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Life lessons, posthumously

B.C. Jones had only been in Los Angeles
a day, but it was along enough to figure out that his 29-year-old son, Rob, was going to die.
Sunday, October 3, 2004 | 12:00 a.m. CDT; updated 6:36 a.m. CDT, Friday, July 11, 2008

That afternoon, after arriving from Columbia, B.C. visited his son at L.A. County Hospital. Rob, who had full-blown, untreated AIDS, was tethered to IVs and breathing only with the help of an oxygen mask. Thick stubble peppered his chin and his hair was matted and greasy.

But they had an enjoyable afternoon catching up on B.C.’s work as a business writer for the Columbia Daily Tribune and chatting about the new teaching job Rob’s friend had taken. When B.C. left Rob’s bedside that evening, he promised to come back in the morning to read poetry to his son.

B.C. went home to Rob’s dank, run-down apartment. Over the course of the next two weeks, B.C. kept himself busy with little tasks when he wasn’t keeping Rob company at the hospital. He defrosted the freezer in Rob’s apartment, bought groceries, took one of Rob’s cats to be euthanized. And he began to go through Rob’s belongings. As he did, he uncovered dozens of poems Rob had written. They were scribbled on stationery, small scraps of paper, index cards or paper napkins, and others were buried in the pages of journals Rob had kept since high school.

B.C. and his wife, Carol, had an idea of what their son’s life as a gay man was like. But the journals shined a light into the dark corners of Rob’s existence, which was filled with drugs and lust, self-loathing and crippling doubts.

“To read these journals, we just found out about a whole other life,” B.C. said. “We couldn’t understand why, when he was so positive in junior and senior high and then the university.”

Almost as soon as he started reading, B.C. had the idea to make his son’s writing into a book. It took six years, but “Senseless and Sensitivity” will be released next week by independent publisher iUniverse. B.C. considers Rob the true author of the book, which is filled with his autobiographical poetry and excerpts from his journals, interspersed with an account of how B.C. eventually came to make sense of Rob’s difficult and, at times, self-destructive life.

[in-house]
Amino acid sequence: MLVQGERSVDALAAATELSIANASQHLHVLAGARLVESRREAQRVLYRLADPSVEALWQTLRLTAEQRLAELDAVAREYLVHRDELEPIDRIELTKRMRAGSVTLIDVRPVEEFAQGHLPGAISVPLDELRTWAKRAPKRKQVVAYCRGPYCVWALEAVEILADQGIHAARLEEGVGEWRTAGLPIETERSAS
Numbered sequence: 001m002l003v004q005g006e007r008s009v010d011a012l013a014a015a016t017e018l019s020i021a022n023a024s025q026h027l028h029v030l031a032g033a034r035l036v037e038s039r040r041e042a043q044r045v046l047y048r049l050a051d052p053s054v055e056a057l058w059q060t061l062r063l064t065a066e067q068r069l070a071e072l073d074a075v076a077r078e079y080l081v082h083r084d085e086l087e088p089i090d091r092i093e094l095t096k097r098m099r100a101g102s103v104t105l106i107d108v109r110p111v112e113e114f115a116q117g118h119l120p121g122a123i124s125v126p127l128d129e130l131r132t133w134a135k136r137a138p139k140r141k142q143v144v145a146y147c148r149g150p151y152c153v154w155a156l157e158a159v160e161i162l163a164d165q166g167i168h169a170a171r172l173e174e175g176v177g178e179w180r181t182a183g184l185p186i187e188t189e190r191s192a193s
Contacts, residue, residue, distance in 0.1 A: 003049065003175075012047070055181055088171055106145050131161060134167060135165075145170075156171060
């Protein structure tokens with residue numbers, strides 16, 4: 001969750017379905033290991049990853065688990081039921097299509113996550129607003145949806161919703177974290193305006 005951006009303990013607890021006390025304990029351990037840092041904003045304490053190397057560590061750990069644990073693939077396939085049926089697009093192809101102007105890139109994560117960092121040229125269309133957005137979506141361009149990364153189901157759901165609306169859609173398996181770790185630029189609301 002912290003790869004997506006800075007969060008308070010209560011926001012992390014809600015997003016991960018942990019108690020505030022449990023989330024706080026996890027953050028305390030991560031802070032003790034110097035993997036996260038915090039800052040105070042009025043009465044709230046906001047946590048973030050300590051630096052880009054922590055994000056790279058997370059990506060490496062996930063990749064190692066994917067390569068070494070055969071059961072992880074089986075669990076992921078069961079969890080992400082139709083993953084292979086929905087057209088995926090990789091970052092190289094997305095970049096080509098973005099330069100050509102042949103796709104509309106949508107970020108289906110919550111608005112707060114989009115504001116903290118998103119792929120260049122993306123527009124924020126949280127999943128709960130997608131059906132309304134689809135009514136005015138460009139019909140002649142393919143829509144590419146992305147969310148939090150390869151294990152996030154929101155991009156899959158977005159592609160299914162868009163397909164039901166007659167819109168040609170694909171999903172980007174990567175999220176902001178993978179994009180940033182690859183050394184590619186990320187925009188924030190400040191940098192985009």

B.C. wants the book to be useful for other parents, and at the urging of his publisher, has added a chapter to the end of the book on how to cope with losing a child.

One of the most moving parts of “Senseless and Sensitivity” recalls B.C.’s time in Los Angeles when he first realized he would lose his own son. Less than 24 hours after he arrived, B.C. received a phone call at 3 a.m. to learn that nurses were wheeling Rob into intensive care. While waiting for a cab to take him to the hospital, B.C. wrote, “I sank to my knees and pounded the bed with both hands, sobbing till my ribs ached. … The crisis was not over, but the grieving had begun.”

Writing the book became an outlet for B.C.’s deep sadness and the painful self-reflection that followed the death of his son. However difficult the journals were to read, they were a gift, offering the father a way to communicate with a son whose distance would never be bridged. But, at the same time, they evoked the kind of questions about the nature of fatherhood and parenting that, if they are lucky, most parents will never have to confront.

B.C. is a tall man with a full head of bright white hair. Watery blue eyes pierce through large, thick-lensed glasses. He hunches slightly when he walks and speaks slowly in a quiet voice. He has a bachelor’s and master’s degree in American history, as well as a doctorate in American studies and a law degree from the University of Florida. He has written several books, although “Senseless and Sensitivity” is only his second to be published. At 72, he doesn’t seem like the kind of man with the energy to write a gut-wrenching memoir of a dead son.

Rob was born in Ohio on July 9, 1968. B.C. moved his family to Fayette when he took a job teaching at Central Methodist College. Rob was the valedictorian for his graduating class at Fayette High School.